ACRL STS SCC: To Fund or Not to Fund: A glimpse into the open access funding landscape in libraries

“In this moderated panel we will explore the OA funding landscape. Our panelists have considered and in some cases developed programs to cover or partially cover article processing charges which authors are required to pay to publish open access. Attending this panel you will learn more about the current landscape of OA funding as well as the issues and barriers currently faced. The session will have time for Q&A. If you already have questions, you can submit them in the registration form. This panel will run from 1:00 – 2:30 Central. Please get in touch with any questions.”

Mythbusting Controlled Digital Lending

“Co-hosted by the Internet Archive and Library Futures, this webinar will address the most commonly repeated myths about controlled digital lending, countering misinformation and disinformation about the library practice now in use by hundreds of libraries. Attendees will hear from authors, librarians, copyright specialists, and policy experts as they respond to the common misconceptions about controlled digital lending.”

 

Mythbusting Controlled Digital Lending

“Co-hosted by the Internet Archive and Library Futures, this webinar will address the most commonly repeated myths about controlled digital lending, countering misinformation and disinformation about the library practice now in use by hundreds of libraries. Attendees will hear from authors, librarians, copyright specialists, and policy experts as they respond to the common misconceptions about controlled digital lending.”

 

cOAlition S response to the STM statement: the Rights Retention Strategy restores long-standing academic freedoms | Plan S

The statement published earlier today (3rd February) by the STM Association and signed by a number of its members, continues to perpetuate a number of myths and errors relating to the Rights Retention Strategy.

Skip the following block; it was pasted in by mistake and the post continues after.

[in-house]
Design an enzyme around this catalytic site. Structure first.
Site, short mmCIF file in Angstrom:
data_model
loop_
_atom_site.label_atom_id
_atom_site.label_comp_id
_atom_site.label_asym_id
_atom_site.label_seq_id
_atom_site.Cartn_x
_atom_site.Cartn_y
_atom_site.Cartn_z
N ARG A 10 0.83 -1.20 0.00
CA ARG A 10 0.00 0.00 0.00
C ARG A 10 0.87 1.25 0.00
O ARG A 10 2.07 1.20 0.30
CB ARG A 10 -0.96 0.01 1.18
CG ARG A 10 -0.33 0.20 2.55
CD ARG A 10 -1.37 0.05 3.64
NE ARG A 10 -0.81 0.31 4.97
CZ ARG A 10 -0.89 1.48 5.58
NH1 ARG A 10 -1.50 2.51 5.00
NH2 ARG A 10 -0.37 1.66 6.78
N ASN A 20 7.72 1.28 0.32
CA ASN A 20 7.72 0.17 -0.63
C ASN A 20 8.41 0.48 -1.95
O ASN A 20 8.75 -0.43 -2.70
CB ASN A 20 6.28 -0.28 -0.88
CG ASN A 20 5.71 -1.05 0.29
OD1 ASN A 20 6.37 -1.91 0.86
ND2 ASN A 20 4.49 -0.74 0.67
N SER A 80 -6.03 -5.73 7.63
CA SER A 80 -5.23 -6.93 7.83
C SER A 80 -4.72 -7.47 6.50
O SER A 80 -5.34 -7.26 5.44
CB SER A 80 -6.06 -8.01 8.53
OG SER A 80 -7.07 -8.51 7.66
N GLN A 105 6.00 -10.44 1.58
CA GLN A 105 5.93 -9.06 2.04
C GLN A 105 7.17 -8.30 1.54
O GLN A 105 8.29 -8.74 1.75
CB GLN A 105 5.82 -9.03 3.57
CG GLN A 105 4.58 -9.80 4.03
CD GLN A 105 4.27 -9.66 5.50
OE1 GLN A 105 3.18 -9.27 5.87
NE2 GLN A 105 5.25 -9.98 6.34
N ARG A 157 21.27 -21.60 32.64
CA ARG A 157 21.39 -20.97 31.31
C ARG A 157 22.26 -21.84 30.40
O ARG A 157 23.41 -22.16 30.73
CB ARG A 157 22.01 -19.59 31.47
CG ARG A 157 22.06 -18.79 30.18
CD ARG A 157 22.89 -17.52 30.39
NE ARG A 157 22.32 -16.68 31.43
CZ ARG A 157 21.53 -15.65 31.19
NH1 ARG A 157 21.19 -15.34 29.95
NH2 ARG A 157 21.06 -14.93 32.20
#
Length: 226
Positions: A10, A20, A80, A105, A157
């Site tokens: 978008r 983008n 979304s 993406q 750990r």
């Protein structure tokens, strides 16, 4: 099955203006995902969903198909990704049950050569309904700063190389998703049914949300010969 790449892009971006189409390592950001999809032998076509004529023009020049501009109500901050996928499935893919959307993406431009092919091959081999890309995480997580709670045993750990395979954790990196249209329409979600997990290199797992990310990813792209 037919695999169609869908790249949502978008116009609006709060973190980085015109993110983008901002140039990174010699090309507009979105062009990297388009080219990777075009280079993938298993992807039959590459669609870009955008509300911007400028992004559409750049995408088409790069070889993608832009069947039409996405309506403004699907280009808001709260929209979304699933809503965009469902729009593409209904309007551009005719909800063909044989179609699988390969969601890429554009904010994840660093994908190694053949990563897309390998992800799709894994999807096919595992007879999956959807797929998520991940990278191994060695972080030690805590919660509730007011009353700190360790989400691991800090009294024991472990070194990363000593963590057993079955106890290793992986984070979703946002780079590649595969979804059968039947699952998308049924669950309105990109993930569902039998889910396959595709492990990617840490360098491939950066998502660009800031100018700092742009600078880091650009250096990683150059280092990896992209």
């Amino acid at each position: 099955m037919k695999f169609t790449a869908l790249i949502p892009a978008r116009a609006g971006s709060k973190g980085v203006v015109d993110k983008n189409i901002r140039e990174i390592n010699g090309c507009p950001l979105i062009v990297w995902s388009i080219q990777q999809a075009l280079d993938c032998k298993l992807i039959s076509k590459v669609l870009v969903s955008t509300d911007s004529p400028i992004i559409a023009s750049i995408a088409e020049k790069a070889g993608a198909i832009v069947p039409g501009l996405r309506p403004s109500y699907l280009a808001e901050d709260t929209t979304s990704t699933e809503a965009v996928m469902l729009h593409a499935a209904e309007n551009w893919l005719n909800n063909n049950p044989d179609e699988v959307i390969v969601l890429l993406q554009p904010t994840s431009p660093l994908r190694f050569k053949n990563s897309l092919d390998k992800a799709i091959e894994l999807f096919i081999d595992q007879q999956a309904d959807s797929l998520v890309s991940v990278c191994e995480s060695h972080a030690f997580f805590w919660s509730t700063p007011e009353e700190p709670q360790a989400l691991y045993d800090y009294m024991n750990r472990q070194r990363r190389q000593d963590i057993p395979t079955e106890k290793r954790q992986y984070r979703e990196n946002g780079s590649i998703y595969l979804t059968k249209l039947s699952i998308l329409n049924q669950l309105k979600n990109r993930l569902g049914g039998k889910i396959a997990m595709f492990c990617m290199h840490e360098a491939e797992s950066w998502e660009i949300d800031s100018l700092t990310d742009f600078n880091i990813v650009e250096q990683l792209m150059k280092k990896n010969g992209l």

ESC Publications Committee: scope, successes, and challenges 2009–20 | Cardiovascular Research | Oxford Academic

“Currently, all ESC journals are publishing with a subscription model (except ESC Heart Failure and soon EHJ Digital Health), whereby readers or their institution pay, while submitting is free. The editors label 1–2 papers of each issue as Editor’s Choice which are freely accessible, while the remaining papers become open only after 12?months. The hybrid model has the big advantage that it provides funding to run large editorial offices, as required for high impact journals. Of note, editorial services, statistical reviewing, illustrations, as well as news sections require resources. Not the least, subscription provides income for educational societies such as the ESC and many others a service for their members.

Recently, the Welcome Trust, and the European Union, presented Plan S to make open access mandatory for all journals. Plan S would change the business model of publishing completely. Under this regimen, the authors have to pay, while for readers access is free. While open access provides immediate access, also hybrid journal such as the EHJ get 12 million downloads per year (Figure 1B). A disadvantage of open access is the huge manuscript handling fees required for high impact journals which would be a burden for authors from less affluent economies. Therefore, the ESC PubComm took the stand that hybrid journals should continue to be allowed. Also, few open access journals have reached acceptable impact factors. Whether or not Plan S will be able to change publishing remains to be seen. To that end, the decision of US journals and of the National Institute of Health will be essential….”

Responses to common misconceptions about campus open-access policies

“As a growing number of academic institutions gain experience in developing campus openaccess (OA) policies, common misconceptions have surfaced. This document responds to these misconceptions, offering a series of talking points developed to help respond effectively if they surface on your campus.1 Additional resources on developing and implementing a campus open-access policy, including expert consultation, are available from SPARC. See our page on campus policies at http://www.arl.org/sparc/advocacy/campus …”

Open data: Your questions answered | Microsoft On The Issues

“Open data: The name alone can cause some confusion. Then there are some myths and misconceptions associated with it.

Organizations have questions about how and why they should make data freely available, or open.

We talked to Jule Sigall, Associate General Counsel, Open Innovation, in Microsoft Corporate, External and Legal Affairs, to explore this topic. Here are five of the most commonly encountered open data misconceptions, and responses to them….”

Common Misconceptions About Open Access To Taxpayer-Funded Research

“The White House Office of Science and Technology Policy (OSTP) is reportedly considering a policy that would provide taxpayers with fast, barrier-free access to the results of scientific research that their tax dollars have funded. Such a policy is widely supported by scientists, universities, students, libraries, funders, patients advocates, and the public, as it would accelerate discovery, fuel innovation and economic growth, and improve the public good. However, we are aware of several letters circulating that raise deeply misleading concerns about the potential effects of policy. Specifically, they claim: …”